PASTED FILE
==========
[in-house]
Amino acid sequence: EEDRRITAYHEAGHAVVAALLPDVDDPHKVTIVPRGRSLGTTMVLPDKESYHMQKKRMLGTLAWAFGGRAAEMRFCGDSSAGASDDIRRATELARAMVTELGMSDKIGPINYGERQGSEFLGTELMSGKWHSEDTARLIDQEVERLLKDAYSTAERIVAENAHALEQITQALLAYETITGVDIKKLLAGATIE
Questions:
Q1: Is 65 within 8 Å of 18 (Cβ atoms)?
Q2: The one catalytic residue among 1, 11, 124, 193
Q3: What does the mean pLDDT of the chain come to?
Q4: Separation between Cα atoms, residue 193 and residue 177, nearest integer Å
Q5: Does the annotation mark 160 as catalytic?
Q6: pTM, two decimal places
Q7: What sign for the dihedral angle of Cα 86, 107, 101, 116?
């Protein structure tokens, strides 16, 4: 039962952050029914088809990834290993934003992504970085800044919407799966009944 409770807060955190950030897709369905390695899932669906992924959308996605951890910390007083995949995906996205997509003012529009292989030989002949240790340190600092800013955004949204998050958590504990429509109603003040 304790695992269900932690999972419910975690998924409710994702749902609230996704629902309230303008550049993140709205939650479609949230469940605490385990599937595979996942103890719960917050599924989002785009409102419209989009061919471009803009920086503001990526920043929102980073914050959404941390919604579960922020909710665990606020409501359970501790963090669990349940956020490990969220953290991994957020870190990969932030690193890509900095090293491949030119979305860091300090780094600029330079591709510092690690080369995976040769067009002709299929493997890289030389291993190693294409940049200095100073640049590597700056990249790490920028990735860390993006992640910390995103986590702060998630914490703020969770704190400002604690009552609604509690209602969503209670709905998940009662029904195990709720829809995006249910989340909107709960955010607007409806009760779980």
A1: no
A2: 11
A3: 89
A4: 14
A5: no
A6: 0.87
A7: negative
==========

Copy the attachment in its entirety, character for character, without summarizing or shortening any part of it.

[in-house]
Amino acid sequence: EEDRRITAYHEAGHAVVAALLPDVDDPHKVTIVPRGRSLGTTMVLPDKESYHMQKKRMLGTLAWAFGGRAAEMRFCGDSSAGASDDIRRATELARAMVTELGMSDKIGPINYGERQGSEFLGTELMSGKWHSEDTARLIDQEVERLLKDAYSTAERIVAENAHALEQITQALLAYETITGVDIKKLLAGATIE
Questions:
Q1: Is 65 within 8 Å of 18 (Cβ atoms)?
Q2: The one catalytic residue among 1, 11, 124, 193
Q3: What does the mean pLDDT of the chain come to?
Q4: Separation between Cα atoms, residue 193 and residue 177, nearest integer Å
Q5: Does the annotation mark 160 as catalytic?
Q6: pTM, two decimal places
Q7: What sign for the dihedral angle of Cα 86, 107, 101, 116?
């Protein structure tokens, strides 16, 4: 039962952050029914088809990834290993934003992504970085800044919407799966009944 409770807060955190950030897709369905390695899932669906992924959308996605951890910390007083995949995906996205997509003012529009292989030989002949240790340190600092800013955004949204998050958590504990429509109603003040 304790695992269900932690999972419910975690998924409710994702749902609230996704629902309230303008550049993140709205939650479609949230469940605490385990599937595979996942103890719960917050599924989002785009409102419209989009061919471009803009920086503001990526920043929102980073914050959404941390919604579960922020909710665990606020409501359970501790963090669990349940956020490990969220953290991994957020870190990969932030690193890509900095090293491949030119979305860091300090780094600029330079591709510092690690080369995976040769067009002709299929493997890289030389291993190693294409940049200095100073640049590597700056990249790490920028990735860390993006992640910390995103986590702060998630914490703020969770704190400002604690009552609604509690209602969503209670709905998940009662029904195990709720829809995006249910989340909107709960955010607007409806009760779980």
A1: no
A2: 11
A3: 89
A4: 14
A5: no
A6: 0.87
A7: negative